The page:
Jon Campbell, Gothamist, Sept. 22, 2023
"Federal, state and city officials say they’re committed to identifying Venezuelan migrants in New York City who are now eligible for Temporary Protected...
AIC, Sept. 20, 2023
"Aaron Reichlin-Melnick, our Policy Director, testified before Congress to explain the positive economic contributions of immigrants in the U.S. and the ongoing challenge that...
Hillary Chura, CSM, Sept. 20, 2023
"What the president could do is issue an executive action that extends parole to more nationalities, says Stephen Yale-Loehr , an immigration law professor at...
The Hon. Dana Leigh Marks recaps the status of DACA.
Alexander Kustov, Michelangelo Landgrave, Sept. 6, 2023
"The US public significantly lacks knowledge about immigration. While various attempts to correct misperceptions have generally failed to...
Maryam Saleh, The Intercept, Jan. 6, 2020
"For the first time in at least two decades, lawyers for U.S. Immigration and Customs Enforcement are required to justify the detainment of noncitizens who are awaiting court proceedings in New England.
In immigration proceedings, unlike in criminal courts, immigrants bear the burden of proving to the satisfaction of a judge that that they do not pose a danger or a flight risk — or else they are denied bond and locked up. But a November decision by a judge in the U.S. District Court for the District of Massachusetts reversed the burden of proof, instead calling on ICE to establish why someone ought to be detained.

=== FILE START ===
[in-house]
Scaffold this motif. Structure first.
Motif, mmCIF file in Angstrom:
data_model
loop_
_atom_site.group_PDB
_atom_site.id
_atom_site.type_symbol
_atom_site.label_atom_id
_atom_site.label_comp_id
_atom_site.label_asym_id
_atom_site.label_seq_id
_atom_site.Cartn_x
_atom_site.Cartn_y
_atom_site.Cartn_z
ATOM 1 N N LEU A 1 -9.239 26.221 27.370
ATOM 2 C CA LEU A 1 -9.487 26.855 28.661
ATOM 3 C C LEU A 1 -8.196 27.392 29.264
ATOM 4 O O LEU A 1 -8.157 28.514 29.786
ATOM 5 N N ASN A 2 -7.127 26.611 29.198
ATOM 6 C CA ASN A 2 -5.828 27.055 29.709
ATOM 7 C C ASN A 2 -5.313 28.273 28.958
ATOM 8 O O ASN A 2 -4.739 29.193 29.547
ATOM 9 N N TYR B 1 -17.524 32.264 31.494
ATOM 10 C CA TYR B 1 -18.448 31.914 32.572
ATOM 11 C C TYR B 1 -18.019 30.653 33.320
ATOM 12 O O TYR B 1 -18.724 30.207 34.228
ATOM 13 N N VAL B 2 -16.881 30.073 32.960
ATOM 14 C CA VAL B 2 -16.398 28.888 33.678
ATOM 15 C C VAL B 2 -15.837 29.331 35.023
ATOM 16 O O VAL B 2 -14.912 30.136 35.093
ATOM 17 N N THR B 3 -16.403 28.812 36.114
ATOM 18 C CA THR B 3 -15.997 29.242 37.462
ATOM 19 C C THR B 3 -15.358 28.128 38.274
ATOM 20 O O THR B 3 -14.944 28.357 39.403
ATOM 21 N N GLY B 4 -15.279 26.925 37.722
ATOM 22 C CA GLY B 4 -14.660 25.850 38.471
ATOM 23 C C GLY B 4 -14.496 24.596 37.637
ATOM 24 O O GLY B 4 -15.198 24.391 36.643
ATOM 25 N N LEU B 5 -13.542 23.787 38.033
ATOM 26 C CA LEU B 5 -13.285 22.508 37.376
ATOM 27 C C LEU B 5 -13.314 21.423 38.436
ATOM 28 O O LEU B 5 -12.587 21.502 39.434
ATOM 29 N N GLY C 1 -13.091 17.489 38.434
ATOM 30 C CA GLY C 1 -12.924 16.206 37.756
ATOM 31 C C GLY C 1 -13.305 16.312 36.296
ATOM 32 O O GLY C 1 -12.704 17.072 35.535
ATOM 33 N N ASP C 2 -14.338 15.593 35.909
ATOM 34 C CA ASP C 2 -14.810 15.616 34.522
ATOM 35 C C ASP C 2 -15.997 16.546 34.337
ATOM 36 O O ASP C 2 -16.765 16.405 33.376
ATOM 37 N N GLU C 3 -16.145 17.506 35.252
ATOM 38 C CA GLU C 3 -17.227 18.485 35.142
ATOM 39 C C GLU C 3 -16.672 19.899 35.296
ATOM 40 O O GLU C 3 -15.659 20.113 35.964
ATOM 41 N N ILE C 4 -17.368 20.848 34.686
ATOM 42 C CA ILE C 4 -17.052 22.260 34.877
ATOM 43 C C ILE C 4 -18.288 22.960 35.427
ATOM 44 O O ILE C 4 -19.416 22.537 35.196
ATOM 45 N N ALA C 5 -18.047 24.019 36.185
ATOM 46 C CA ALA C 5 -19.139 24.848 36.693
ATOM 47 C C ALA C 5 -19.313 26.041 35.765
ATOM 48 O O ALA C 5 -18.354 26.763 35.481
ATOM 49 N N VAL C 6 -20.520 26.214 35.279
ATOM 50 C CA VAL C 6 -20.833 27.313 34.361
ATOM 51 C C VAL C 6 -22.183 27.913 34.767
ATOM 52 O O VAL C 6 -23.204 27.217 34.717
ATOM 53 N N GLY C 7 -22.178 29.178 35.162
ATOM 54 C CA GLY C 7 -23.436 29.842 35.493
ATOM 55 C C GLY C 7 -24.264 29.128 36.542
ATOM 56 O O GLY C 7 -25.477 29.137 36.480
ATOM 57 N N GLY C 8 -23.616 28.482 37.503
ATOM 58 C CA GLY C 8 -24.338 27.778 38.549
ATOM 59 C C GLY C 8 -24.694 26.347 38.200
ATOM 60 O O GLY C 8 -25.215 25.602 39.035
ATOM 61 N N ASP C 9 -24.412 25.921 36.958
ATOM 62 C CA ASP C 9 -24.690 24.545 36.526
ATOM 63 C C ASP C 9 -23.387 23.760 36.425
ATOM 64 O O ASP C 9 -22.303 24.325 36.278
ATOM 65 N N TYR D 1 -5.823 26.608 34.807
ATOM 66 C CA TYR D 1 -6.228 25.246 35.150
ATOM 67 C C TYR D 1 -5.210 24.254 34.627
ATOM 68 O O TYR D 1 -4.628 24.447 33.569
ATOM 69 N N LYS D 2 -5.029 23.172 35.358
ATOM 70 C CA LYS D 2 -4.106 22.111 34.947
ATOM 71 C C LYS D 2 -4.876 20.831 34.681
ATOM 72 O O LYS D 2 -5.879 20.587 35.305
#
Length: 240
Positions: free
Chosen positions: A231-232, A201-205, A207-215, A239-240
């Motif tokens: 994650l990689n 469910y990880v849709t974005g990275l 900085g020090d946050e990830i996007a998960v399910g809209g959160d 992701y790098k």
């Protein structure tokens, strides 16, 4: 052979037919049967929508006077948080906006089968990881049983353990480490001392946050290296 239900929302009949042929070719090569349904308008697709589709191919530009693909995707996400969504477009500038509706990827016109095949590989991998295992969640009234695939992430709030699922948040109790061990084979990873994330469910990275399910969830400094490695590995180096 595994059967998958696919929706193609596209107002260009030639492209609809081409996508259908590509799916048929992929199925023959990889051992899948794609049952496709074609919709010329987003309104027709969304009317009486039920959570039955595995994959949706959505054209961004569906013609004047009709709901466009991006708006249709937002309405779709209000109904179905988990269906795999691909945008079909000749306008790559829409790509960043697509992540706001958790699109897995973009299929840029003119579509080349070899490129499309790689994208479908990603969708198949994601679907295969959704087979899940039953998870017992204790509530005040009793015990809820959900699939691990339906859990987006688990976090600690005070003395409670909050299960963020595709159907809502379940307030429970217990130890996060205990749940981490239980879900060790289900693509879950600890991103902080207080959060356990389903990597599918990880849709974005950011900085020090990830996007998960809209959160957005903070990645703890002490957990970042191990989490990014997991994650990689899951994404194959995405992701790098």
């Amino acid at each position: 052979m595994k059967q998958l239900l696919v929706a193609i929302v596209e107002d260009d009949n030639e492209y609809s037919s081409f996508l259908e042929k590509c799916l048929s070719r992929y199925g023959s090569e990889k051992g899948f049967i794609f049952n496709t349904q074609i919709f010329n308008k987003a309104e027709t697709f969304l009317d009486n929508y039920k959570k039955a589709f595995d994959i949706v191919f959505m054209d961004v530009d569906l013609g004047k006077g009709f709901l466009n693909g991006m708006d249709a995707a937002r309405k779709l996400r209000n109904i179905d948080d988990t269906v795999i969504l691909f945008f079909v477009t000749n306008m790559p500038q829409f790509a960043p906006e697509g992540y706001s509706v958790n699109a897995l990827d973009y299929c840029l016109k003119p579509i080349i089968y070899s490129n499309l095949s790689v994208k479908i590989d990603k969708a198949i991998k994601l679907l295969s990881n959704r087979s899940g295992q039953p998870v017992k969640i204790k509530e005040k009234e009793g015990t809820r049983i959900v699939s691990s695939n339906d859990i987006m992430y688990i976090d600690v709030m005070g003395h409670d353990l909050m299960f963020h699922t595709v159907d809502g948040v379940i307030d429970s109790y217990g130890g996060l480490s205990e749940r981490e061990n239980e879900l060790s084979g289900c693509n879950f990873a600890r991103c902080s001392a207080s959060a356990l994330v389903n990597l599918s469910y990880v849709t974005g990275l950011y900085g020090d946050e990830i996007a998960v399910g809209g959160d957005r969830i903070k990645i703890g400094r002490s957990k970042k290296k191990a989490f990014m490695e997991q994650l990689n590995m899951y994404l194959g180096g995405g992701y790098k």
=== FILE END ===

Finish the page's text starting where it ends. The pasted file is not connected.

The ruling came in a class-action lawsuit filed by the American Civil Liberties Union of Massachusetts last June and went into effect on December 13.
The significance of the ruling, said ACLU of Massachusetts attorney Dan McFadden, is reversing a system that’s been in place since 1999 whereby the government did not have to prove anything to keep noncitizens in jail while their cases were decided — a process that sometimes takes several years. “I think that if our Constitution means anything,” McFadden said, “it has to mean that the government can’t put people in jail without showing that there’s a strong justification for taking away their liberty.”
he ruling applies only to the Boston immigration court, which covers all of New England except Connecticut (which has its own immigration court). Local immigration attorneys say the difference is palpable already.
“It still doesn’t really feel quite real,” said Matt Cameron, a Boston-based immigration attorney. For years, Cameron said, he has had to work quickly to obtain every page of a client’s criminal record — even pertaining to charges that had been dropped — to prove that the client deserved their liberty. “I’m so trained that you just do not show up with anything less than an absolutely 100 percent complete case, because you only get one chance at a bond hearing. You don’t get to do it again. So, you know, I’m always very careful in making sure that I don’t do it halfway.”
Now, if an ICE attorney is unable to prove the inverse — that a noncitizen poses a danger or a flight risk — a noncitizen is likely to be granted release."